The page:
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The devil in the data details

Evaluating GBFS feed quality for shared mobility services

May 2022

Shared mobility succeeds when it’s easy to find and integrated with public transit. One of the best ways to do this is with GBFS, the open data standard that allows people to find available shared bikes, e-bikes, e-scooters, and even carshare vehicles.

GBFS has grown since it first launched in 2015 to help cities and operators ensure that all of their shared mobility services can be easily integrated with multimodal trip planning in apps like Transit or Google Maps. And it’s not just apps: GBFS is also used by academics, advocates, researchers, and mobility data managers like Ride Report and Populus to study shared mobility options and help cities make the most of these services.

According to the North American Bikeshare & Scootershare Association, 69% of cities in North America already require an open, public GBFS feed for shared micromobility services on their streets — and a growing number of companies are providing public GBFS feeds whether a city requires them or not.

But GBFS is more than a checkbox. Just as real-time transit countdowns are only helpful if they’re accurate and readily available, GBFS feeds need to be accessible, reliable, and high-quality so that shared mobility is properly represented in the multimodal mix.

If GBFS is going to live up to its promise, the devil is in the details. So let us be your guide. We’ll take a look at what makes a good GBFS feed, see how different feeds stack up, and explain what cities and operators can do to make sure their GBFS data is top-notch.

Why does Transit care about GBFS?

Our open approach to Mobility-as-a-Service brings together all modes and operators, making it simple for riders to take multimodal trips when they open Transit. The app already uses more than 180 shared mobility feeds across 130 cities, uniquely positioning us to evaluate quality and provide feedback about what makes an accessible, reliable, and high-quality data feed.

Learn more about our open MaaS approach by reading our guide to open mobility

What makes a good GBFS feed?


Listed in GBFS GitHub: To be GBFS-compliant, a feed must be listed in the systems.csv page of the GBFS GitHub repository so that GBFS consumers, including apps and researchers, can easily find and use the feeds. We looked at seven operators and found a wide range of compliance, with some listing nearly all available feeds while others listed some or even none at all.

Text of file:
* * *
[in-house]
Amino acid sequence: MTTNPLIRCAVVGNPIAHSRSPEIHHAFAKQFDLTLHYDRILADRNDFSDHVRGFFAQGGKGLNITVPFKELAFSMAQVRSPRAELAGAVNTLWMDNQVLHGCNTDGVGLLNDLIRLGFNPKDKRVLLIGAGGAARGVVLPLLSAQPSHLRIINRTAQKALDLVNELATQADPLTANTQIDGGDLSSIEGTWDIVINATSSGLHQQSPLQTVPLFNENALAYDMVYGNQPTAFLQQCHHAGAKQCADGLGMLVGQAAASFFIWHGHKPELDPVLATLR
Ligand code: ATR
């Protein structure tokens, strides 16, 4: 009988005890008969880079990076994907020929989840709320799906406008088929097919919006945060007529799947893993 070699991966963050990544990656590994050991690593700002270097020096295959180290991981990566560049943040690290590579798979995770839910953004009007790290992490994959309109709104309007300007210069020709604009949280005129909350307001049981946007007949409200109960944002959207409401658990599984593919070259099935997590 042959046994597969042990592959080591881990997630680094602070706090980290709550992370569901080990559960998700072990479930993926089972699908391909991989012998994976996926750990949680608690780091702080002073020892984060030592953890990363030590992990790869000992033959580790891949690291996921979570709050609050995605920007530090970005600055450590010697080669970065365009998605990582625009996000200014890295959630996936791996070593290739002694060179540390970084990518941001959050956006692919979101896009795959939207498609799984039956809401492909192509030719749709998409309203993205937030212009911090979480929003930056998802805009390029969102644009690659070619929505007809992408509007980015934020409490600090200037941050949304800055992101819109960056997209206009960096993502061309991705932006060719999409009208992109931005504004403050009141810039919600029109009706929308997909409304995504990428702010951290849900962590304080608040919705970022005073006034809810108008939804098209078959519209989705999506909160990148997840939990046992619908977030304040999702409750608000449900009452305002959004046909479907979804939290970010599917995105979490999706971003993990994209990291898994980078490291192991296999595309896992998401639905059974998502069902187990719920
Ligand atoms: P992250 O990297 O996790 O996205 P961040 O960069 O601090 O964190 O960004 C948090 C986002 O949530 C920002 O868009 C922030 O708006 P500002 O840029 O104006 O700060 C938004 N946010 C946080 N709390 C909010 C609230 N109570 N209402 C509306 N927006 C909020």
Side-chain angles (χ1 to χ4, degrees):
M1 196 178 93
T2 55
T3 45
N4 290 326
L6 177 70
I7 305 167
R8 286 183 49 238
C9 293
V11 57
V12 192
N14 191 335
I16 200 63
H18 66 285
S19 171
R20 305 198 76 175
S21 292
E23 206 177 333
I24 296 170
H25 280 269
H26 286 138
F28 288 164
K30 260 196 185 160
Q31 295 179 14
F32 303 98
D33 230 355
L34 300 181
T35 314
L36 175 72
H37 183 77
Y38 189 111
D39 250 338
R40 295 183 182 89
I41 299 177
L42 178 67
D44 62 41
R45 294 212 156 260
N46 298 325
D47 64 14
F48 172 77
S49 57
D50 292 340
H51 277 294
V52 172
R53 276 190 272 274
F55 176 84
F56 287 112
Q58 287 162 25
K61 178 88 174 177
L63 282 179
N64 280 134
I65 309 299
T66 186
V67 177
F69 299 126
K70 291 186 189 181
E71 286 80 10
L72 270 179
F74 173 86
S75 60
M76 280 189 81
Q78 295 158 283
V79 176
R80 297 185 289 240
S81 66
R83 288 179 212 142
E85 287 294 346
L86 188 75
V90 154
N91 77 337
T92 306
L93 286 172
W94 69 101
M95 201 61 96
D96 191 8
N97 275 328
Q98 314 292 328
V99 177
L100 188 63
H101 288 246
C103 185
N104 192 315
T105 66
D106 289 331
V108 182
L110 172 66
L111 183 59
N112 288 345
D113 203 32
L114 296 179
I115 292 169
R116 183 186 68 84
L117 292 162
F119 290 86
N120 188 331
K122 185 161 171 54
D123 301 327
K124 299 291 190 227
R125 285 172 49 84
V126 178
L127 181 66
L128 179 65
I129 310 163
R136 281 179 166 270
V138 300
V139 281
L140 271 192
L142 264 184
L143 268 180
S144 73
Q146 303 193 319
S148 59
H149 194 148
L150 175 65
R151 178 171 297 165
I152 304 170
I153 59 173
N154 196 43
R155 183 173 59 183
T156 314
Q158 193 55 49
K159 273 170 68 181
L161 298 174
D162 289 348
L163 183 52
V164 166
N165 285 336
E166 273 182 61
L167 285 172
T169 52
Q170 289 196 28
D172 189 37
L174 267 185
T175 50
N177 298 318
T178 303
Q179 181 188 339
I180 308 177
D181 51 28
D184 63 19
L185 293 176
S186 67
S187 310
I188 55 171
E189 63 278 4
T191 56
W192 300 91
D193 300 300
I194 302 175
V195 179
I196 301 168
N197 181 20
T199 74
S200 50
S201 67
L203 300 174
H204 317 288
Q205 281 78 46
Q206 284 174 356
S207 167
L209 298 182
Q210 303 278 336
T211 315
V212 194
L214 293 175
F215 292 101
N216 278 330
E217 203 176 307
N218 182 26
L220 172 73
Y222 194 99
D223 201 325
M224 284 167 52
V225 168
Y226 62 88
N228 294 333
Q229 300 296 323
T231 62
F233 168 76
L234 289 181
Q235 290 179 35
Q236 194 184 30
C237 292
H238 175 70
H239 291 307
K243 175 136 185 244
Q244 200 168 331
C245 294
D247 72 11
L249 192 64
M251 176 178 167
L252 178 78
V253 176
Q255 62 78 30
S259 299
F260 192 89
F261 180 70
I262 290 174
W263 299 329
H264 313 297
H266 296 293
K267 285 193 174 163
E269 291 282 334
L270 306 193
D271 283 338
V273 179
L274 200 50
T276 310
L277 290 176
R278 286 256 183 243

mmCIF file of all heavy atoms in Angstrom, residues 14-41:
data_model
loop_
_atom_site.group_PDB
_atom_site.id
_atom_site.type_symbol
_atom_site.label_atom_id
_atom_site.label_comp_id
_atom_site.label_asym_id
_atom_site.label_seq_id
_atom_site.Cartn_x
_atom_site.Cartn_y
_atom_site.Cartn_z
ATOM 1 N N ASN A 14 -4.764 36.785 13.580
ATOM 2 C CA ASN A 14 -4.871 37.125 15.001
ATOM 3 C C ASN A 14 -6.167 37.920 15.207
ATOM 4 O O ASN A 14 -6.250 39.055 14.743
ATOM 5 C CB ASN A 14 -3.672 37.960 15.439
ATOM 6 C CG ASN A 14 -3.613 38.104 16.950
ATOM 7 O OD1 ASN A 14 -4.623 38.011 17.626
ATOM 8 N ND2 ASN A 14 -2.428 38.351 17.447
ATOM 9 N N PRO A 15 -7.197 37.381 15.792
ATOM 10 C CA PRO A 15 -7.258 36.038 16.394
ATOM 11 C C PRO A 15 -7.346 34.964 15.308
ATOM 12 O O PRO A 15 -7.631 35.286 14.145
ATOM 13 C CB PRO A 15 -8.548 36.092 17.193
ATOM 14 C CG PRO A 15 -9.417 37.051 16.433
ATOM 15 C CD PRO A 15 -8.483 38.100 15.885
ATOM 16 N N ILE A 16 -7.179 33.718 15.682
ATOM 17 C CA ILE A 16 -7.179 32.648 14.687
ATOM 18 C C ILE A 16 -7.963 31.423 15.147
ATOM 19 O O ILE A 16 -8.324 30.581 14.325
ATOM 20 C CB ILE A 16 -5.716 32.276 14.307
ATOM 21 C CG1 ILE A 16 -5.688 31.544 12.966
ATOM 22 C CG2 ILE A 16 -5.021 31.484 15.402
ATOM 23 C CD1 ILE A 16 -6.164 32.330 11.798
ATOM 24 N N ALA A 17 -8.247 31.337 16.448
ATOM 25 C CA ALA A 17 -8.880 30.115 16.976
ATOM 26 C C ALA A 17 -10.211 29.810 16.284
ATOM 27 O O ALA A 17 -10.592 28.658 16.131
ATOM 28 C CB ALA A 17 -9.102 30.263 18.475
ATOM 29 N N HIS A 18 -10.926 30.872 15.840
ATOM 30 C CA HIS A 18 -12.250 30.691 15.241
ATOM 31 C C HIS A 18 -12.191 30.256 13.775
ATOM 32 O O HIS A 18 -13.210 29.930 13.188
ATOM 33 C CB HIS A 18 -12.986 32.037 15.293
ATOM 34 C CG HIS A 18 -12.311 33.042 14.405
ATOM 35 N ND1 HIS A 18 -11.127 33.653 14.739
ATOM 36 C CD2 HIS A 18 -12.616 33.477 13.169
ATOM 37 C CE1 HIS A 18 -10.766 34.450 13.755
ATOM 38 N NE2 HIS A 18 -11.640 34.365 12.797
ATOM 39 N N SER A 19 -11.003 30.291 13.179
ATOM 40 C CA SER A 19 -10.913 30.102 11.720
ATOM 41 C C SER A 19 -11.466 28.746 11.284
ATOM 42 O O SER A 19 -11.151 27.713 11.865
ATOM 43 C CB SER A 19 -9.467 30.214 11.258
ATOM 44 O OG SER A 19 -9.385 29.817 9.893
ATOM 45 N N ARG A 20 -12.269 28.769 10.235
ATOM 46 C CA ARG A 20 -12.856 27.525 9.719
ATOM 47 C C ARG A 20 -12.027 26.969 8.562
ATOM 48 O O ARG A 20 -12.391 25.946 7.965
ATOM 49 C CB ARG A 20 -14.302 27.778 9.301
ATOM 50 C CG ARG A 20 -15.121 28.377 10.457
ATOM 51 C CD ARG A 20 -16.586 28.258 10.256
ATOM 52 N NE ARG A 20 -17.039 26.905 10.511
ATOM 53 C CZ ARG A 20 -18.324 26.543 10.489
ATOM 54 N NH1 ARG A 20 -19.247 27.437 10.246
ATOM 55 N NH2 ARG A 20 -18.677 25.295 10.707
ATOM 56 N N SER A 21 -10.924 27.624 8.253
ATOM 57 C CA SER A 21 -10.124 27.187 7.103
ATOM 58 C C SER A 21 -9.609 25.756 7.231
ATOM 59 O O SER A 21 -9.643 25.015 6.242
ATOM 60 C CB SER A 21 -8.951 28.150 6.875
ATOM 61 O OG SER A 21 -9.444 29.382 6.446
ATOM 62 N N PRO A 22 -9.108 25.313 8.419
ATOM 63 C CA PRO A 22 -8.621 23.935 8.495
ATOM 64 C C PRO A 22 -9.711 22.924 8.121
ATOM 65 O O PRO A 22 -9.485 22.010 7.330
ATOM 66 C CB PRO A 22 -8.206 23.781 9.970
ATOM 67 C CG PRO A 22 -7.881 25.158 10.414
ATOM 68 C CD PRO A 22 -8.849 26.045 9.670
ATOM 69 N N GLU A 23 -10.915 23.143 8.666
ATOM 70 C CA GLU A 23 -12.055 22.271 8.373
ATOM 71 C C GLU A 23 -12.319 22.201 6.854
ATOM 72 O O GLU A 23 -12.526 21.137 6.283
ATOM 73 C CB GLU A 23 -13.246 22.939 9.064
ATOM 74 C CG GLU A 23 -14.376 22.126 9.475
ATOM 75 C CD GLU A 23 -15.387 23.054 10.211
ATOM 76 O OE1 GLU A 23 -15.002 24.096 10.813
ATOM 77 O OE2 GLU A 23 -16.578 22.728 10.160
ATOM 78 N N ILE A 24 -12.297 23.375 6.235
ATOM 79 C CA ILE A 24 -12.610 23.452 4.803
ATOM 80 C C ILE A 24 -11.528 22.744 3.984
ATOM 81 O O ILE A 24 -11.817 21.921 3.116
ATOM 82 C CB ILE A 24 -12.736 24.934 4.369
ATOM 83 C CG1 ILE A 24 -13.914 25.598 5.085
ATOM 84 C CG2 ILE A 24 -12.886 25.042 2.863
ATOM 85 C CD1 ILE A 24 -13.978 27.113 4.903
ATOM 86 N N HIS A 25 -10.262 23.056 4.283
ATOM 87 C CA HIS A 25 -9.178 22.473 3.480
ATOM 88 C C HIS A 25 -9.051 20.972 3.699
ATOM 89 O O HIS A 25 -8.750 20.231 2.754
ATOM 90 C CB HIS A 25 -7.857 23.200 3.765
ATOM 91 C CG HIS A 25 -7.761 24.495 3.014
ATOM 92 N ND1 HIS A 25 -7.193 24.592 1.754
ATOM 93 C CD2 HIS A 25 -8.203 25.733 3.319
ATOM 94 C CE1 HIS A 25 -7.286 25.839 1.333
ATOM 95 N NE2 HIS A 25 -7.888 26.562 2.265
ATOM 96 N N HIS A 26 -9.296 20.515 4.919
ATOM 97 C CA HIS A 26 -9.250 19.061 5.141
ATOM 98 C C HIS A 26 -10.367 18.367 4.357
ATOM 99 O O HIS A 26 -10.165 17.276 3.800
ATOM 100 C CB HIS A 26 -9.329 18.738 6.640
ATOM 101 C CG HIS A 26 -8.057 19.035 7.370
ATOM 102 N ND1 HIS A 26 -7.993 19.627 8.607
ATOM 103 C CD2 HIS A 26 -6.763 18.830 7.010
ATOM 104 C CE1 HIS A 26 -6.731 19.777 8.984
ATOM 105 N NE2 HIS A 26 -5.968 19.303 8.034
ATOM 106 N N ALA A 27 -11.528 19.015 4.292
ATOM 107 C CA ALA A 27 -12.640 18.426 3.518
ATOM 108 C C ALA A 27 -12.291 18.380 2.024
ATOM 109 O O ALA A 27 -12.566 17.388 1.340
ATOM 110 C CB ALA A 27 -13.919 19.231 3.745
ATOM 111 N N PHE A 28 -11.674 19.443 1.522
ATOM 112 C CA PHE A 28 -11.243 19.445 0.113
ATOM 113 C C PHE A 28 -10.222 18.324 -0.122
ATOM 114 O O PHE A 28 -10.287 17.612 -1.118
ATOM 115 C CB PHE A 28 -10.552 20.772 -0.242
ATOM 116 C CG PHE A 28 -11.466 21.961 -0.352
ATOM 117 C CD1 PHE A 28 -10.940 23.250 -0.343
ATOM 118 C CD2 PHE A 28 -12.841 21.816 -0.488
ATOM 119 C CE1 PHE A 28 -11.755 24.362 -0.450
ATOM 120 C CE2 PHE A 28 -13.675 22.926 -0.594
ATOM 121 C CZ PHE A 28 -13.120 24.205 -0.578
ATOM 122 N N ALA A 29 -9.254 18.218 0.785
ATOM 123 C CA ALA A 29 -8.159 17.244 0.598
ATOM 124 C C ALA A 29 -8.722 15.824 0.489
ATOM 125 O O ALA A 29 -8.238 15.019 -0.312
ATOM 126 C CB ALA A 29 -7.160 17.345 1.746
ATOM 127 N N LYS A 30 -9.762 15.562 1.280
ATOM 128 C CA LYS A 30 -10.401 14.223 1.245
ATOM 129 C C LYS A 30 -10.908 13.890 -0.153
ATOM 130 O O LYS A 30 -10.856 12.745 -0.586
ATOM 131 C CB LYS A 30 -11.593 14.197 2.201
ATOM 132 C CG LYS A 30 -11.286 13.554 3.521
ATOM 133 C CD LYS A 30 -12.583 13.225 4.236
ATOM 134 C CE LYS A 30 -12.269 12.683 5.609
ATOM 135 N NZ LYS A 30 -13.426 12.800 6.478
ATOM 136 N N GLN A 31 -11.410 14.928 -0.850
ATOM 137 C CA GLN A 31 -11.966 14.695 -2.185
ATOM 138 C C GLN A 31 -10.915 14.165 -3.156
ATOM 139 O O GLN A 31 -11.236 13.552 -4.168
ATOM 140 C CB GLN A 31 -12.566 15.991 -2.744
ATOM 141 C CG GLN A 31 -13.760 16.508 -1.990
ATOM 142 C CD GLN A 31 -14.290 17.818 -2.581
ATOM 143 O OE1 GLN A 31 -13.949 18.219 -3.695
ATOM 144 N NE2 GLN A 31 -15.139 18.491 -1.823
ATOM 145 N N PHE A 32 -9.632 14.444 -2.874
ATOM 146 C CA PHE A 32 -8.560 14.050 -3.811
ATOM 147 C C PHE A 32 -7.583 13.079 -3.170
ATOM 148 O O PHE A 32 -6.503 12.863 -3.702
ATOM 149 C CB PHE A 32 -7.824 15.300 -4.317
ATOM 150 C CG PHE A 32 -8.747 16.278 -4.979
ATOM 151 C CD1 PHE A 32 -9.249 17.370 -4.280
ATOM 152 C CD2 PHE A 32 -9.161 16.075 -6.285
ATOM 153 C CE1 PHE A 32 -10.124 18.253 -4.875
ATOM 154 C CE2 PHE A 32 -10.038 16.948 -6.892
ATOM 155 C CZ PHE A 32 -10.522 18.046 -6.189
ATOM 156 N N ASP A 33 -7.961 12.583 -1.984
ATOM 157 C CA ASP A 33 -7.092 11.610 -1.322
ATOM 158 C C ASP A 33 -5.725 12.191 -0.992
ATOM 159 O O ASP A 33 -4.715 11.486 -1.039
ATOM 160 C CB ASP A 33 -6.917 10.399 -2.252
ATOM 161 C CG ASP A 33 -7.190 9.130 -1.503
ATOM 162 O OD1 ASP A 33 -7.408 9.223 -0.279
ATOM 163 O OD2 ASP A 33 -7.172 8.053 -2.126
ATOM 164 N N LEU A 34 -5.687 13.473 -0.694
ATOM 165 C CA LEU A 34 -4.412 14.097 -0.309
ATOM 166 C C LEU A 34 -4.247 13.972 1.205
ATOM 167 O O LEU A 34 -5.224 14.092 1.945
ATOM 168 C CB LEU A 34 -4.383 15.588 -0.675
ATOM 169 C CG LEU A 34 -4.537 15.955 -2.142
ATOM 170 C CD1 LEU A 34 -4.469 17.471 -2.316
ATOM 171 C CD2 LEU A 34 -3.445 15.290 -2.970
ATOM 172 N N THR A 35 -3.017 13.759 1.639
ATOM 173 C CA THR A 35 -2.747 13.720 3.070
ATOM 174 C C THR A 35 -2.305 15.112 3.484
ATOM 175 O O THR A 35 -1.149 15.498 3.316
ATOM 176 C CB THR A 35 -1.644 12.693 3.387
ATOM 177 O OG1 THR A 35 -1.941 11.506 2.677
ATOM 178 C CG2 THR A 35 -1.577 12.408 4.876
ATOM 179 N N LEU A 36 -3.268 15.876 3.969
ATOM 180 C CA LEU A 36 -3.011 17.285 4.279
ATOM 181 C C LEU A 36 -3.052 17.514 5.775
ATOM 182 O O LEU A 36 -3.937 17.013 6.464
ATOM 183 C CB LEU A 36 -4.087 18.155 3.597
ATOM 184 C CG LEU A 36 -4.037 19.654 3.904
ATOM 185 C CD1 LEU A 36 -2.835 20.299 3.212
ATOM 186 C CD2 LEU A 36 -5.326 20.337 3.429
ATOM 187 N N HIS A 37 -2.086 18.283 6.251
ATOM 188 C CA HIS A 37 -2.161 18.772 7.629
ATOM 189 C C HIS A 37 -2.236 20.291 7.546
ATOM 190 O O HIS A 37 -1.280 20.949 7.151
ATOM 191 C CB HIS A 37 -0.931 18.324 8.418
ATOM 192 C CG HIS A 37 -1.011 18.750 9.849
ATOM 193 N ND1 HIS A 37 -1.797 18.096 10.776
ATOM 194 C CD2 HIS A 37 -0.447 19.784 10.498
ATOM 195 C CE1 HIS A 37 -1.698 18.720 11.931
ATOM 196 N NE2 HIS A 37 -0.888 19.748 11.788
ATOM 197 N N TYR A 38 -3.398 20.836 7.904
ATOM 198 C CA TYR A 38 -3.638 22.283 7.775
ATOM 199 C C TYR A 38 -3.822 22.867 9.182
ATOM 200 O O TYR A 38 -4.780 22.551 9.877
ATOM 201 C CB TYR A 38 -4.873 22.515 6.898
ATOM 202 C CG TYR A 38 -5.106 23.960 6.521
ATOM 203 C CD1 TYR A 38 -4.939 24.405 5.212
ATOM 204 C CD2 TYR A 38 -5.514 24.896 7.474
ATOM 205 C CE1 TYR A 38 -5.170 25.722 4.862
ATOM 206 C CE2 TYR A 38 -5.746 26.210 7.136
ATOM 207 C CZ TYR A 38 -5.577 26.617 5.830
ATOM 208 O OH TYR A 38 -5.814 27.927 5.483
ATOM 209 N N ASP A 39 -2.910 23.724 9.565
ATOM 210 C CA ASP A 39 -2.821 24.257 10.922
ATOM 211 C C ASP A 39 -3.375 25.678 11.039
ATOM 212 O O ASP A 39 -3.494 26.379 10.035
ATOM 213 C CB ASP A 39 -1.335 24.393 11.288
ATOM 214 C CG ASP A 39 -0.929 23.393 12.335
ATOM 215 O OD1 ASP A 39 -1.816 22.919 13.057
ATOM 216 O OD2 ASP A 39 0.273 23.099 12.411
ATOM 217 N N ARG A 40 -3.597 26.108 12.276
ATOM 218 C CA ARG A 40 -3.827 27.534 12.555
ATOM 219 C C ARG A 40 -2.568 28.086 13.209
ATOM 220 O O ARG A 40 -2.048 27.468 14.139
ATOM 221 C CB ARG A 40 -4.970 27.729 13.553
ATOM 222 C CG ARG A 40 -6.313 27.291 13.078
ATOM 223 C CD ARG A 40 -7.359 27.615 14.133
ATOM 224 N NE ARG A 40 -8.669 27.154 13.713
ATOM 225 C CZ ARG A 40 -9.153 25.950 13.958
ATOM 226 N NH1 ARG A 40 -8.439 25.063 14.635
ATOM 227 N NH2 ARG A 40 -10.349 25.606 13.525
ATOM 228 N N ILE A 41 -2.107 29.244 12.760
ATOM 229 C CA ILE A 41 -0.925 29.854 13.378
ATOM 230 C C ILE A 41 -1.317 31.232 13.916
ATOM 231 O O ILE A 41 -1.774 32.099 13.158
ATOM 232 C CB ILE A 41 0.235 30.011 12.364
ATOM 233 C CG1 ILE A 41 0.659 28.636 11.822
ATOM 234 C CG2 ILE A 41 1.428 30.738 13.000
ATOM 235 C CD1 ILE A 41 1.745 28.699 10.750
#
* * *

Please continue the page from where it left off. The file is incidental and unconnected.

No authentication keys: NABSA’s Data Good Practices for Municipalities advises against authentication keys, which require GBFS users to request permission from the operator before being granted access to a feed. Authentication keys limit access and slow down the process of ensuring that shared mobility is easily discoverable, yet we found they continue to be used by one major operator.


99.9% uptime: A feed’s uptime is crucial. If a feed is unable to achieve 99.9% uptime, there’s a good chance that it won’t be available when riders are looking for nearby services. We examined 40 GBFS feeds from eight different operators and found that nearly half were unable to achieve expected 99.9% uptime.


Using the latest version of GBFS: As GBFS has grown, apps and operators alike have contributed to its evolution. The latest version, GBFS 2.3, includes information about geofenced service zones, as well as standardized fields for various vehicle types like pedal bikes, e-bikes, and scooters. Having feeds use the latest version of the specification ensures that this information is easily available to riders.

Freedom of use

Non-restrictive terms: Some operators impose policies that limit GBFS use to real-time display of vehicles in apps and prohibit additional types of data usage or storage, while other operators are less restrictive. Liberal terms of use give advocates, academics, and the media the freedom to store and analyze GBFS data to evaluate their city’s shared mobility services.


We looked at the availability of 40 feeds from eight different operators between April 25, 2022 at 2 PM ET and May 2, 2022 at 2 PM ET to calculate uptime. We used this same list of eight operators to look for feeds that are restricted without an authentication key, to determine if the feed was using the latest version of the GBFS specification, and to examine terms of use.

Feed uptime during the one week examined in this data varies significantly by provider and even across different cities. While it’s not necessarily representative of uptime over a prolonged period, this data does show the importance of reliable GBFS feeds. Downtime has a real impact on people looking for shared mobility services: even an uptime of 84 percent, like we found for LINK in Seattle, means that the feed is down for 26.5 hours in a week, or the equivalent of more than one whole day. Ensuring 99.9% uptime is crucial to having a reliable GBFS feed.

After this report was published, LINK let us know that they had recently updated their infrastructure to address downtime issues. We performed another analysis of their data by looking at the period after the update, and found most of their feeds achieved 99.9% uptime.